Below is a visual summary of the week’s key global events:

Courtesy of DB, here is a day-by-day calendar of events

Monday July 5

  • Data: June services and composite PMIs from Australia, Japan, China, India, Italy, France, Germany, Euro Area, UK and Brazil, UK June new car registrations
  • Central Banks: ECB’s Vice President de Guindos speaks
  • Other: US markets closed for Independence Day holiday

Tuesday July 6

  • Data: Germany May factory orders, July ZEW survey, UK and Germany June construction PMI, Euro Area May retail sales, US June services and composite PMI, ISM services index
  • Central Banks: Reserve Bank of Australia monetary policy decision, ECB’s Hernandez de Cos speaks

Wednesday July 7

  • Data: Japan preliminary May leading index, Germany May industrial production, Italy May retail sales, US June JOLTS job openings
  • Central Banks: Federal Reserve release June FOMC minutes, Fed’s Bostic speaks
  • Other: European Commission publishes latest economic forecasts

Thursday July 8

  • Data: Japan May current account balance, Germany May trade balance, US weekly initial jobless claims, May consumer credit

Friday July 9

  • Data: China June CPI, PPI, UK May GDP, France May industrial production, Italy May industrial production, US final May wholesale inventories
  • Central Banks: ECB President Lagarde and BoE Governor Bailey speak
  • Other: G20 finance ministers and central bank governors meet in Venice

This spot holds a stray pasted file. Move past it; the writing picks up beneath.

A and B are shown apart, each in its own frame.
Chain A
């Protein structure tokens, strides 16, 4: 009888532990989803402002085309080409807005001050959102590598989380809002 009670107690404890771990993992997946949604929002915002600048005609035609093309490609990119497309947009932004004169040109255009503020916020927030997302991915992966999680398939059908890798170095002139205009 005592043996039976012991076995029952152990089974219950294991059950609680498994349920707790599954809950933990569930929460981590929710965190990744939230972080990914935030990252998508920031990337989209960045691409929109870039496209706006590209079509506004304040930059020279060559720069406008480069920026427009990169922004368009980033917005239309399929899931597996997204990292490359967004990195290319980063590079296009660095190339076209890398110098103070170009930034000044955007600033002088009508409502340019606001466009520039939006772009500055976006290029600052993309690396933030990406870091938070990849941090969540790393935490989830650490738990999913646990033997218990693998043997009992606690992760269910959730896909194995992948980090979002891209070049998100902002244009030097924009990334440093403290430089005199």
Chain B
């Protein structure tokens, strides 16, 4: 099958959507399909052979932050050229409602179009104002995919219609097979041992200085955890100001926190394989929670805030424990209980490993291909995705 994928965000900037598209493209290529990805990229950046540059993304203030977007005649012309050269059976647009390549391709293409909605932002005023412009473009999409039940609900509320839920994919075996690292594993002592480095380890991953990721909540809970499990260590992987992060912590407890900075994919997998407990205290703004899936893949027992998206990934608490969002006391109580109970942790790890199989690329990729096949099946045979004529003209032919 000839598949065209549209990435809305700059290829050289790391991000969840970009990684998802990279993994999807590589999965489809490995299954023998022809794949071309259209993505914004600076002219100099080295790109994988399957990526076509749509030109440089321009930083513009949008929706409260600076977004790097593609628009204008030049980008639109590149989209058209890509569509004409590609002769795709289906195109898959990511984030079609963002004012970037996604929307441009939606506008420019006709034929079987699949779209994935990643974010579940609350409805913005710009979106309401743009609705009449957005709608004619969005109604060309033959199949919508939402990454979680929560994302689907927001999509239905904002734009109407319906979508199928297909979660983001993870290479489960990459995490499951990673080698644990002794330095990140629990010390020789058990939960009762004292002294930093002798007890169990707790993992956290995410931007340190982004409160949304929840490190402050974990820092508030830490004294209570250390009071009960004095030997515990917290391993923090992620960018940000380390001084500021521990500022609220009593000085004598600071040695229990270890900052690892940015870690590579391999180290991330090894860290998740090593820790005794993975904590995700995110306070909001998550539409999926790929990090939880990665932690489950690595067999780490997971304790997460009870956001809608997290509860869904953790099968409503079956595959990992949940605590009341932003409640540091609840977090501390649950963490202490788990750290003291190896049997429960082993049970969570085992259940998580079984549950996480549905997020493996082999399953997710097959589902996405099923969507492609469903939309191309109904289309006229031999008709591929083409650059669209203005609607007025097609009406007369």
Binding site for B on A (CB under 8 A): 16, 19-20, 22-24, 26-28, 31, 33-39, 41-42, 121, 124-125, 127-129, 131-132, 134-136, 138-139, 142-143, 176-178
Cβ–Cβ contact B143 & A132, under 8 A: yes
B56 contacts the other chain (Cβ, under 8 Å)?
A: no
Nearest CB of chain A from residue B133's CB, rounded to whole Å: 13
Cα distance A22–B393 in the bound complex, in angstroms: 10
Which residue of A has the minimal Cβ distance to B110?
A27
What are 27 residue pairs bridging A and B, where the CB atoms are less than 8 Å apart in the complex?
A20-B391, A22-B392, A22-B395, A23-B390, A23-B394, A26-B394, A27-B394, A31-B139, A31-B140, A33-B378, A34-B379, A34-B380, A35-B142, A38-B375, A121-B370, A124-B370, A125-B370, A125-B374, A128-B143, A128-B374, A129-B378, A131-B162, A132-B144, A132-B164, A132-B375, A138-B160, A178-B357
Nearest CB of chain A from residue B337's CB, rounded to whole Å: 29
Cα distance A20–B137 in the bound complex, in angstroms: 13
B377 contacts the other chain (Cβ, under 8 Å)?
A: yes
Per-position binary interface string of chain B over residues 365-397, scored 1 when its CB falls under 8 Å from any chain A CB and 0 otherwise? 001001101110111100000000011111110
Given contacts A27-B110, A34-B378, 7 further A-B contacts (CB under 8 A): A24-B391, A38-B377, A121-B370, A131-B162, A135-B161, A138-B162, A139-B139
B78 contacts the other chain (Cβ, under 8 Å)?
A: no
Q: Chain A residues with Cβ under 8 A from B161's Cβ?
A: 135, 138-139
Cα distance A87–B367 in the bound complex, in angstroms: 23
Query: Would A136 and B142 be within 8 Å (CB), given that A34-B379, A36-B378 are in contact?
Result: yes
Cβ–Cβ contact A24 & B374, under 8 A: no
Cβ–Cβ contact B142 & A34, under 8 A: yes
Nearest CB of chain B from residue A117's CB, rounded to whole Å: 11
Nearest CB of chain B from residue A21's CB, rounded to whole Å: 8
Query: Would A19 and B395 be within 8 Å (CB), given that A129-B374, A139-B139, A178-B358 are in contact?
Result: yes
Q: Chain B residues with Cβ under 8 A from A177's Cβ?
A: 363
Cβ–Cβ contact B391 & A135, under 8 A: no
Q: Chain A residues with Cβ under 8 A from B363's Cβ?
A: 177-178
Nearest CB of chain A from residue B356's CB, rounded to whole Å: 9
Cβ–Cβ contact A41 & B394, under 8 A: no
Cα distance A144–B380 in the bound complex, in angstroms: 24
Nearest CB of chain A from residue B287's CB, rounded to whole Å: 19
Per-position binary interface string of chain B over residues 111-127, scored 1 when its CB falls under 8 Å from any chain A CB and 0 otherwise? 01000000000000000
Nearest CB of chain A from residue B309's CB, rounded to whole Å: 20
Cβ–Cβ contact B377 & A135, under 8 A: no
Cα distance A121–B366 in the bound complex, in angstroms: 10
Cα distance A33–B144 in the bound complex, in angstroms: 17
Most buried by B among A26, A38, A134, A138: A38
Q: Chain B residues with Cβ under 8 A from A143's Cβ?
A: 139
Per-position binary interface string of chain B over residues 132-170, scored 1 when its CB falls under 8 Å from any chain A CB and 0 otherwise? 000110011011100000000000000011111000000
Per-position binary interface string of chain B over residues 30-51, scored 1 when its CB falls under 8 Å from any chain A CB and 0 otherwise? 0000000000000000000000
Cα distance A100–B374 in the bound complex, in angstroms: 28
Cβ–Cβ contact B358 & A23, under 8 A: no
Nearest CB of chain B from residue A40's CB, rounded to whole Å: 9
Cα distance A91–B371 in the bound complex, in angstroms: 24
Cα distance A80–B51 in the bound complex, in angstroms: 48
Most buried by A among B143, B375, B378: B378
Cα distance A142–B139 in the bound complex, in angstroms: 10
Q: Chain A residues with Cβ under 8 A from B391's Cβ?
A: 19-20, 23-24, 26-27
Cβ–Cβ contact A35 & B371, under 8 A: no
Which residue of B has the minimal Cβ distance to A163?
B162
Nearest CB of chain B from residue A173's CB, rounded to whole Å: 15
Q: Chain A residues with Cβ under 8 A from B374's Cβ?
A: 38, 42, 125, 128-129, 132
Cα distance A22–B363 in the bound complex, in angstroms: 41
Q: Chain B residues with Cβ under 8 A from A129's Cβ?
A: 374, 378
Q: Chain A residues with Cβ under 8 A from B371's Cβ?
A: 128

Finally, looking at just the US, Goldma notes that the key economic data releases this week are the ISM services report on Tuesday and the jobless claims report on Thursday. There are no speaking engagements from Fed officials this week.

Monday, July 5

  • US Independence Day holiday observed. There are no major economic data releases scheduled. NYSE will be closed. SIFMA recommends bond markets also close.

Tuesday, July 6

  • 09:45 AM Markit services PMI, June final (consensus 64.8, last 64.8)
  • 10:00 AM ISM services index, June (GS 62.5, consensus 63.5, last 64.0): We estimate that the ISM services index retrenched 1.5pt to 62.5 in June, reflecting normalization from an elevated level and a waning sequential boost from the spring stimulus checks. Our services tracker rose 0.6pt to 62.8.

Wednesday, July 7

  • 10:00 AM JOLTS Job Openings, May (consensus 9,313k, last 9,286k)
  • 02:00 PM Minutes from the June 15–16 FOMC meeting: At its June meeting, the FOMC left the funds rate target range unchanged at 0–0.25%, as widely expected. The June FOMC statement noted that the economy had strengthened due to progress on vaccinations, strong policy support, and improvement in the sectors most adversely affected by the pandemic. In the Summary of Economic Projections, the median participant projected two rate hikes and a 3.5% unemployment rate and 2.1% core PCE inflation for the end of 2023.

Thursday, July 8

  • 08:30 AM Initial jobless claims, week ended July 3 (GS 360k, consensus 350k, last 364k); Continuing jobless claims, week ended June 26 (consensus 3,325k, last 3,469k): We estimate initial jobless claims decreased to 360k in the week ended July 3.

Friday, July 9

  • 10:00 AM Wholesale inventories, May final (consensus +1.1%, last +1.1%)

Source: DB, BofA, Goldman

Tyler Durden
Mon, 07/05/2021 – 10:35